No ‘dissing’ the detainees - ACP rejects claims that inmates are frequently transferred from lock-ups by vindictive cops
Assistant Commissioner of Police Kevin Blake has rejected claims that rouge cops are moving prisoners from one lock-up to the next to lose them in custody.
Blake was responding to claims from some Kingston Justices of the Peace (JPs) and human rights group, Jamaicans for Justice (JFJ), that inmates are being moved from station to station whenever they seek outside assistance for issues in detention.
“If we are to call another division, at another lock-up and ask to accommodate two inmates, that would be a major task, something that may have to be shot up to my level,” said Blake, who has responsibility for the Police Area Four which covers several Corporate Area police lock-ups.
“If for any reason that we have to transfer an inmate from one lock-up to the next, most times it is in the interest of the inmate. These are persons in the care of the state. It is something that we take very seriously, especially persons who are not yet charged,” added Blake.
He said there are times when inmates are moved for health reasons and for upgrades and repairs to the lock-up facilities.
According to Blake, in most cases relatives of the inmates are contacted before the assigned visiting periods but sometimes, for security reasons, information of the transfer is held back until after the inmates’ relocation.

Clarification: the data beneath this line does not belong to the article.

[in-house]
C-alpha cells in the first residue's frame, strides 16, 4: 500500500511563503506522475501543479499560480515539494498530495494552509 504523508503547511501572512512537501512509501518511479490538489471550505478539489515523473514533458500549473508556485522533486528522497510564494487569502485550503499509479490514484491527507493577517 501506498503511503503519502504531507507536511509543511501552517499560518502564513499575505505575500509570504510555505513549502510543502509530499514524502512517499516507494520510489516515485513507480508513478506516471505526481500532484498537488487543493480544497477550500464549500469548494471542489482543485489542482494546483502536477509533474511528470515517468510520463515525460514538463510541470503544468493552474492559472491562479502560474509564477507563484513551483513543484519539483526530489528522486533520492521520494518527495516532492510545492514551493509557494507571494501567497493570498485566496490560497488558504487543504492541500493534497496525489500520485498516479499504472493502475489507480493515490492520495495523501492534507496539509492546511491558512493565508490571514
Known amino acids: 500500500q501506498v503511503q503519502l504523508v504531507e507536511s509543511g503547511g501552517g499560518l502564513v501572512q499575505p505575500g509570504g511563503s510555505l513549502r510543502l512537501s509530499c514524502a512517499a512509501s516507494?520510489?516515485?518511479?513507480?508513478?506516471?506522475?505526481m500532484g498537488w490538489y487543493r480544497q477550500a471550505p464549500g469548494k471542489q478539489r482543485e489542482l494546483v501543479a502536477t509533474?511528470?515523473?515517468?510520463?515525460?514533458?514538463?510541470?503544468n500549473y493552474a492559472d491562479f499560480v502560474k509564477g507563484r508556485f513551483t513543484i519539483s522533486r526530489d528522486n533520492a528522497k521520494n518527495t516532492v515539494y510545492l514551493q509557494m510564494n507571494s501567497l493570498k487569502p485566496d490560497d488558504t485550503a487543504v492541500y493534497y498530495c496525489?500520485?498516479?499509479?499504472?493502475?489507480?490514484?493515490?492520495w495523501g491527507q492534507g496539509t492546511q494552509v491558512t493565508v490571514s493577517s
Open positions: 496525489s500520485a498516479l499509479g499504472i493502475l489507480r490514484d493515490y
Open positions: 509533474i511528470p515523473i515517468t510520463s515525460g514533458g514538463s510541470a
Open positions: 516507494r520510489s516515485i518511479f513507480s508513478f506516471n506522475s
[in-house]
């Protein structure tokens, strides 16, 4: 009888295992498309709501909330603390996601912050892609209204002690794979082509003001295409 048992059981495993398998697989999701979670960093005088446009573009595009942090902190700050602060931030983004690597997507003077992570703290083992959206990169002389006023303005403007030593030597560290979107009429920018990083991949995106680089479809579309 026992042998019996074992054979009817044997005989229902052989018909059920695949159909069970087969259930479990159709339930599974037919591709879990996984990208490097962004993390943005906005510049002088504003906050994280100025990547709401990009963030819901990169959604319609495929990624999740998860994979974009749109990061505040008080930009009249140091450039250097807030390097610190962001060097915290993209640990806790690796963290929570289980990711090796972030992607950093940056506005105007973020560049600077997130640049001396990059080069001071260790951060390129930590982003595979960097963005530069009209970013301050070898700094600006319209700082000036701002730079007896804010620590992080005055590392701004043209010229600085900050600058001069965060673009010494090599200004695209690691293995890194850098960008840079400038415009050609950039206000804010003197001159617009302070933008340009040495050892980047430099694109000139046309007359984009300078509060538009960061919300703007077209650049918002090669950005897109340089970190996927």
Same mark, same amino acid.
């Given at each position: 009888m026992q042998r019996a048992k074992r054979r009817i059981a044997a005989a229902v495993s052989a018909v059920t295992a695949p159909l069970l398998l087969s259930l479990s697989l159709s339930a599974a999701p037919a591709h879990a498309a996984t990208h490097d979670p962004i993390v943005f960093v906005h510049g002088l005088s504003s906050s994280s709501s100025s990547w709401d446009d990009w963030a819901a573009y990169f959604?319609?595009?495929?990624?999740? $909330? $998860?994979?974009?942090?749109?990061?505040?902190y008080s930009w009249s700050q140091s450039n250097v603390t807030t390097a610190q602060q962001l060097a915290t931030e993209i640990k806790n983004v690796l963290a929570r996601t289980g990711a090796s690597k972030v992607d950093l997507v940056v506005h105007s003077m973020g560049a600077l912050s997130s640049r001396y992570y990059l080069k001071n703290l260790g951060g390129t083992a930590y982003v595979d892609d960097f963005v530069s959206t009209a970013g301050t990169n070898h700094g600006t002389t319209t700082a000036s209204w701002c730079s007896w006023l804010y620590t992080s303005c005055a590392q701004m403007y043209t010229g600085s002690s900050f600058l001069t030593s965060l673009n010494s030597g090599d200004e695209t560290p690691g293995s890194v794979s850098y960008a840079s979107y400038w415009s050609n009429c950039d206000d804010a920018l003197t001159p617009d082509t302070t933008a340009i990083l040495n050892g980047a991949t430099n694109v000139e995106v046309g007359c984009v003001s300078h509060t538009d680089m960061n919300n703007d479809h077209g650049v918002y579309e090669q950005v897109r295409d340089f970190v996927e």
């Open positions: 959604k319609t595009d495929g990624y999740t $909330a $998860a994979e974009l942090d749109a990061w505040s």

Two weeks ago JPs in Kingston charged that inmates are sometimes relocated after being interviewed by them.
The JPs further alleged that there are instances when inmates are shifted from one lock-up to the next as cops prepare evidence against them.
During a recent meeting of the Kingston JPs Lock-Up Visitation Sub-Committee one JP told The Sunday Gleaner that, “sometimes when you visit the lock-ups and talk to inmates and you ask about the conditions ... by the other week you go back there they are transferred. They are not there.”
But Custos of Kingston Steadman Fuller, however, said such reports have not been verified.
“I’ve heard those stories, I’ve never checked the veracity of it but I’ve heard it,” said Fuller.
He added that the police often report that inmates are moved for safety purposes or as what he describe as delay tactic to scoop up more evidence.
“After 48 hours, however, you should either charge the detainee or release them,” added Fuller.
JFJ has reported that it is handling at least 16 lawsuits involving inmates who claimed they were unfairly detained, tortured, and overtime lost in the lock-up system after being transferred from one area to the next.
“In every instance we have seen, court proceedings or investigations which revealed that the victims were not criminals, but were just poor Jamaicans who could not do anything to save themselves from being targeted,” said Rodje Malcolm, executive director of the human-rights group.